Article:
By Jesse Marx
By Chris Parker
By Jake Rossen
By Jesse Marx
By Michelle LeBow
By Alleen Brown
By Maggie LaMaack
By CP Staff
Day was dawning on December 23, 2005, and the wooded reservation land surrounding Lower Red Lake was wintry and still. In a small house just a few feet from the lake's rocky southern shore, 19-year-old Daniel Jourdain, worn out from a day spent counseling drug users and alcoholics, lay in bed beside his two-year-old son, soundly asleep.
He awoke to a swarm of federal agents—the sign of a serious criminal matter on an Indian reservation—all guns and vests and urgent commands. They put him in handcuffs, hauled him into an unmarked SUV, and revealed a set of charges that hit him like a punch to the stomach: one count of anally raping and orally penetrating his 11-year-old nephew, and another count of repeatedly anally and orally sodomizing the boy over a two-year period. Each carried a sentence of up to life in prison without parole.
After five days in a federal holding pen, and just before his first appearance before a judge, Jourdain finally met his lawyer. Paul Engh, a bespectacled man with the lanky frame of a basketball player, sat down and introduced himself.
Engh, a top-dollar criminal defense lawyer who has worked on many high-profile murder and terrorism-related cases, agreed to take Jourdain's case from the Federal Defenders Office for far less than his going rate. Here, the Minneapolis attorney was keeping with the tradition of lawyers who help ensure that defendants of all stripes get effective representation.
Jourdain, a standout three-sport athlete and model student in his Red Lake High School days, professed his innocence. "That ain't me," Jourdain said, at a loss to explain the depth of his anger, fear, and humiliation. "I didn't do this."
"I believe you," Engh responded.
"Can you get me out of here?" Jourdain asked.
"I'll tell you what," Engh said, looking his new client in the eye. "I'll try to get you out of here today."
Engh made good on his promise. In that day's hearing, he pointed out that Jourdain had a toddler he was raising on his own, no criminal history, and a steady job as a chemical-dependency counselor. Also, he pointed out, if Jourdain posed such a danger to the community, it shouldn't have taken the Feds four months after the alleged crimes were reported to arrest him. The judge was swayed, agreeing to release Jourdain on a signature bond.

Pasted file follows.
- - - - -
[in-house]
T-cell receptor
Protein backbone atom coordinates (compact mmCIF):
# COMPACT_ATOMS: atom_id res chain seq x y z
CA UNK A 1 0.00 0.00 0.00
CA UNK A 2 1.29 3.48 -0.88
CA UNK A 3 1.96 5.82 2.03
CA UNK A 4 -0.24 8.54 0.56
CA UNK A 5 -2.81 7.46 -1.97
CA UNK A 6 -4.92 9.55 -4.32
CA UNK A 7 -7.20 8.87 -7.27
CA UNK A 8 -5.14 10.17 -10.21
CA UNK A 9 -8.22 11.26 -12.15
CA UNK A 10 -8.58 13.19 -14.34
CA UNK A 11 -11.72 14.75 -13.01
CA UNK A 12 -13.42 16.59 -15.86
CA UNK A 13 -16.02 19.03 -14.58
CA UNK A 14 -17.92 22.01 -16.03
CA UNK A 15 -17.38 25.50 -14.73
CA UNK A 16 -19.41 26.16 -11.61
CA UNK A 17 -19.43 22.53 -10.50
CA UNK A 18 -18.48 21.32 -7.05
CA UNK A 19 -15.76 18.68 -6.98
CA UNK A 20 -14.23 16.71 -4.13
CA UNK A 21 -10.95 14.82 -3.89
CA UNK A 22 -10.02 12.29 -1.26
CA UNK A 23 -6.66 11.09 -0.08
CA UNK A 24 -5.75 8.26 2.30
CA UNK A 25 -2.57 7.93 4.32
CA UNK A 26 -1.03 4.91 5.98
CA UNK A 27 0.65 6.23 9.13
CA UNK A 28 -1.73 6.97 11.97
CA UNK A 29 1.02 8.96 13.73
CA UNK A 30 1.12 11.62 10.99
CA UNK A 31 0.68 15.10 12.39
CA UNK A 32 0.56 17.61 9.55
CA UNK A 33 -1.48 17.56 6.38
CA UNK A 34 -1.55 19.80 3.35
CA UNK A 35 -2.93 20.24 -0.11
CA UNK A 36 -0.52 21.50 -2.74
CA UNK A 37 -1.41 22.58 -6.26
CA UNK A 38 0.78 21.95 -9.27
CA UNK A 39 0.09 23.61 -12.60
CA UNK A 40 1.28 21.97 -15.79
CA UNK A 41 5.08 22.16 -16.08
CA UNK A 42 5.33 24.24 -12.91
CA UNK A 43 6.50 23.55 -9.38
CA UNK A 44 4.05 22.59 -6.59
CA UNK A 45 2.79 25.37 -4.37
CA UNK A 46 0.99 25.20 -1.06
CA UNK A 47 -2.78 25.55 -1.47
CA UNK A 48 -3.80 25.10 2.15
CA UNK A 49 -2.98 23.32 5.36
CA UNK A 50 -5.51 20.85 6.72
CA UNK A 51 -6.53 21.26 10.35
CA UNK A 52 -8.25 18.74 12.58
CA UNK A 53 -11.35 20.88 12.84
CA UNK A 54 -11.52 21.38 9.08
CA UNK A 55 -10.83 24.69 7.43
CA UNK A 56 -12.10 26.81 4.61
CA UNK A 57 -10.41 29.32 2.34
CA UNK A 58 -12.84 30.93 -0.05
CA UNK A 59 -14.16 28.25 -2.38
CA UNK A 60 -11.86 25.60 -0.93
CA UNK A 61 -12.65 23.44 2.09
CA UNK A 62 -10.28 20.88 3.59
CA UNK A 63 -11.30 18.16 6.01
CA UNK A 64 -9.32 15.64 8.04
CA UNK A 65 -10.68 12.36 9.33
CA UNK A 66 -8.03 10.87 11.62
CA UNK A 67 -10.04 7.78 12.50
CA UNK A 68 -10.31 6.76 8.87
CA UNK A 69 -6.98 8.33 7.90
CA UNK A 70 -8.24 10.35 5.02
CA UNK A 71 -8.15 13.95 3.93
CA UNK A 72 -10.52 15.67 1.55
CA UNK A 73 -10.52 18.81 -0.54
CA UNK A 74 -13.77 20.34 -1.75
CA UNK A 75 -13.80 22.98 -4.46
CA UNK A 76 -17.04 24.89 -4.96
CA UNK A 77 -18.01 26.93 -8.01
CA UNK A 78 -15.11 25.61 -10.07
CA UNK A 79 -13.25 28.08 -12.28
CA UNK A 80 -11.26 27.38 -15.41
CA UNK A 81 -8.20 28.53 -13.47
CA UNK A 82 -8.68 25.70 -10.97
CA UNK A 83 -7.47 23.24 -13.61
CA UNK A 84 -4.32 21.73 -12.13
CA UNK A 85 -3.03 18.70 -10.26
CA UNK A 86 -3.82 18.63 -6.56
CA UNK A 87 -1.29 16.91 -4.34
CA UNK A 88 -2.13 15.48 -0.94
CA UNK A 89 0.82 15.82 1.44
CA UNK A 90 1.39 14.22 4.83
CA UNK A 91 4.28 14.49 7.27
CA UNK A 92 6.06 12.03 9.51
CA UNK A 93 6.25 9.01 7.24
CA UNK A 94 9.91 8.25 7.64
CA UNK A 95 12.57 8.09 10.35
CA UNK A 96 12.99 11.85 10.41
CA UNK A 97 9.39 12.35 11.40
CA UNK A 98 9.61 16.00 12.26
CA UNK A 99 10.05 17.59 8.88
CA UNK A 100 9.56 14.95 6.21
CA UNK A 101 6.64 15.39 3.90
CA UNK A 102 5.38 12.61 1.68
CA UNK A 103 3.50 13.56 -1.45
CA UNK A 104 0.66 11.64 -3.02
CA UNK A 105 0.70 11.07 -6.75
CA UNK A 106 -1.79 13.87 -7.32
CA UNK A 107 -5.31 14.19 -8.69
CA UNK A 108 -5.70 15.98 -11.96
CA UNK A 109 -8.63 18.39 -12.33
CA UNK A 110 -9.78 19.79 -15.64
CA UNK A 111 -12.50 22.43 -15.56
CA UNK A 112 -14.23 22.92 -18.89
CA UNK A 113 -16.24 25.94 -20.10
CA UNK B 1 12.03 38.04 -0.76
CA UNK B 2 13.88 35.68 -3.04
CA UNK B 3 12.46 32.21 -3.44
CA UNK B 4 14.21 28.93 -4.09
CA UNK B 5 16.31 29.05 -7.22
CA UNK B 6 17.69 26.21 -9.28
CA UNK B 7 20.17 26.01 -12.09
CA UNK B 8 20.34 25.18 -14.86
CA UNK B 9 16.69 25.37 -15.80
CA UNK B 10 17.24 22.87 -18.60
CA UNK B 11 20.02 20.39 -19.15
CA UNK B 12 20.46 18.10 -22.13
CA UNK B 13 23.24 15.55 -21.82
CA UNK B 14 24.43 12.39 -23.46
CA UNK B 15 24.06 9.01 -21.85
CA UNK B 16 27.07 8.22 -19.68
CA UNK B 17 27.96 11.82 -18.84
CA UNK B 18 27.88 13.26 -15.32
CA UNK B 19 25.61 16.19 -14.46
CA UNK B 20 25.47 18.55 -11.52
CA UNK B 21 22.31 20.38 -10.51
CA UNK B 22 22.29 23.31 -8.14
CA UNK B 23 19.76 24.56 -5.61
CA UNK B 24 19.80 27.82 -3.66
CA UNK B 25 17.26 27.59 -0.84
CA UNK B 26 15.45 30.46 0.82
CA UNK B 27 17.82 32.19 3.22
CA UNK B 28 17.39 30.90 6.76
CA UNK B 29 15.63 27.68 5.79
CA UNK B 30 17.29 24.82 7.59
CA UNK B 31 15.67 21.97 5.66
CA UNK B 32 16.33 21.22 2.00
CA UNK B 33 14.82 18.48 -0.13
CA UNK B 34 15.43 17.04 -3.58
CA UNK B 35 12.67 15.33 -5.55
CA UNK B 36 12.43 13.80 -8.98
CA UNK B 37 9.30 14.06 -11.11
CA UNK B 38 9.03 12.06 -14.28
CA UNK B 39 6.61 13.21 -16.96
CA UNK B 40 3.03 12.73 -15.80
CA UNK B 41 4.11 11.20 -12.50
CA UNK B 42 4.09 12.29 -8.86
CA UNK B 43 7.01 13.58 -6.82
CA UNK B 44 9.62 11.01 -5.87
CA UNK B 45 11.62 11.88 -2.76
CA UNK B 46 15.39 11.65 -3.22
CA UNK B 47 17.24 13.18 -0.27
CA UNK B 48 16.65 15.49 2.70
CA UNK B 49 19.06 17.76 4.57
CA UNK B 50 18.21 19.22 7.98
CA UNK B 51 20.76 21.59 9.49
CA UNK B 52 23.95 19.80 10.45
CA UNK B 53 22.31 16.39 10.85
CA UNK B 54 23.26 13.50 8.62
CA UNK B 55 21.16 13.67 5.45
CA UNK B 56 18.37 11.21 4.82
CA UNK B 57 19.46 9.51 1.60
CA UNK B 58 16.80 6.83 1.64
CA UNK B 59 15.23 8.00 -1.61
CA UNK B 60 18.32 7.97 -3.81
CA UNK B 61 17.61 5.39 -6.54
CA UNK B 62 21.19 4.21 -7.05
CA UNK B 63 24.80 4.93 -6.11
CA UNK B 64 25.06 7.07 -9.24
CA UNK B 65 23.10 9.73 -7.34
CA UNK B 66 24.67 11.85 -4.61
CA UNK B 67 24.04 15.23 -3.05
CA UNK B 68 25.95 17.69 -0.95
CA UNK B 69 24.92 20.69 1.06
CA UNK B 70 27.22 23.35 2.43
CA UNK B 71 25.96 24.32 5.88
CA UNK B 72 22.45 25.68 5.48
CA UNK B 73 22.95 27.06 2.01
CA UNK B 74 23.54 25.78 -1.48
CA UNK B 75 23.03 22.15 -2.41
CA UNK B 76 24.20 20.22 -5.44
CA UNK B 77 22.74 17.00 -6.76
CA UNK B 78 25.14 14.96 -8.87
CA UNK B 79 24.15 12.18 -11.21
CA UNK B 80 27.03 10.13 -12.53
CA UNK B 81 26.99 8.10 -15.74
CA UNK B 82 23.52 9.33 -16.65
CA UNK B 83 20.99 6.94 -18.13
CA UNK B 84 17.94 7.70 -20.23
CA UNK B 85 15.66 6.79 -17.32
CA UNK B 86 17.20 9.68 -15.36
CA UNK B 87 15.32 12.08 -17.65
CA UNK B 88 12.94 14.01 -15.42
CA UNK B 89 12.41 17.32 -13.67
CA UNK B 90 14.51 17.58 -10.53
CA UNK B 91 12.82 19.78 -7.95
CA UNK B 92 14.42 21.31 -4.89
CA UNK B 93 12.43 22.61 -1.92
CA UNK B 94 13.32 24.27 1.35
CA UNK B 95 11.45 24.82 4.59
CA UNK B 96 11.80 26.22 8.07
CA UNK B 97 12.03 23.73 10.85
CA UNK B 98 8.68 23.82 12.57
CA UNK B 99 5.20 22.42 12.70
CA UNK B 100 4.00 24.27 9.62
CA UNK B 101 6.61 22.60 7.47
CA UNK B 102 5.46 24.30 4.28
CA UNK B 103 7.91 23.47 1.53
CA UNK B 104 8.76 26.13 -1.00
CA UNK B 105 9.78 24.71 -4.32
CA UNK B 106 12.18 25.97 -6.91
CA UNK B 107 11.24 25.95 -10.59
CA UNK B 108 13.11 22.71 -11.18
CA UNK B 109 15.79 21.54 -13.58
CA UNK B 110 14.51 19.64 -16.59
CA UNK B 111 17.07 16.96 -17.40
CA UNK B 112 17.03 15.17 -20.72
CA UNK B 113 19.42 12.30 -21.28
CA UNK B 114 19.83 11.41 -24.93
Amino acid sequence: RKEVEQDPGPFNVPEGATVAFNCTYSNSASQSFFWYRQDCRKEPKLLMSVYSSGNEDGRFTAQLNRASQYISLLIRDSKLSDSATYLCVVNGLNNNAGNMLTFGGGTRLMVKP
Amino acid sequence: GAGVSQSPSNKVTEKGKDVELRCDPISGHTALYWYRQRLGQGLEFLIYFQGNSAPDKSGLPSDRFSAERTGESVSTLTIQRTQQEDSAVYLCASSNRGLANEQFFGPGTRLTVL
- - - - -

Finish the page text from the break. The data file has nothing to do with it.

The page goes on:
Getting his client home pending trial was one thing. Winning the case would be quite another.
Standing in the way was a damning piece of evidence: a videotaped interview with Jourdain's nephew. The statement was made at the St. Paul-based Midwest Children's Resource Center, a division of Children's Hospitals and Clinics of Minnesota, with a 20-year track record of interviewing and examining children who've alleged sexual abuse. Statements produced there, admissible in court and carrying the stamp of medical authority, have been key to convicting hundreds of defendants in Minnesota state and federal courts over the last two decades.
If Engh was going to win an acquittal for his client, he would have to call the validity of that statement into question. He would have to go to war with the people hailed as the champions of abused children.
To understand how Midwest Children's came to occupy a central role in child sexual abuse investigations, one needs to trawl back through a legal fiasco that played out more than two decades ago in Jordan, Minnesota.
It started in September 1983, when Christine Brown, a mother of five, went to the local police station with a disturbing allegation. Brown told the cops that her nine-year-old daughter had been molested by James Rud, a garbage collector and convicted sex offender who lived in a trailer park in town.
The investigation quickly mushroomed. Rud, it emerged, had allegedly abused several children, and when prosecutors interviewed them, they told elaborate and detailed stories of orgies. One young boy, for instance, recalled a party where women in transparent clothing made him have oral sex with both kids and grownups as photographs were taken.
Arrests and charges soon followed, and before long, 24 residents of Jordan—including Christine Brown, who had first come forward to the police—stood accused of molesting 37 of the community's kids.
The investigation, led by Scott County Attorney Kathleen Morris, secured the conviction of Rud, who pled guilty to 10 counts of child sexual abuse. But it soon took an even more startling turn: At least seven children were now claiming to have witnessed murders that occurred during the alleged orgies. One young girl told of a seeing a baby sodomized, then beheaded. A 12-year-old boy described seeing seven children being stabbed, mutilated, or shot, one of them in front of 25 eyewitnesses.
Shortly after announcing news of the alleged homicides, Morris, whose aggressive tactics were beginning to raise eyebrows, was confronted with a court order to release documents in the wide-ranging sex abuse cases. Citing her desire to protect the integrity of the homicide investigations, Morris dropped all pending sex charges. Less than a week later, under mounting pressure to explain her actions, she turned the case over to Skip Humphrey, Minnesota's attorney general.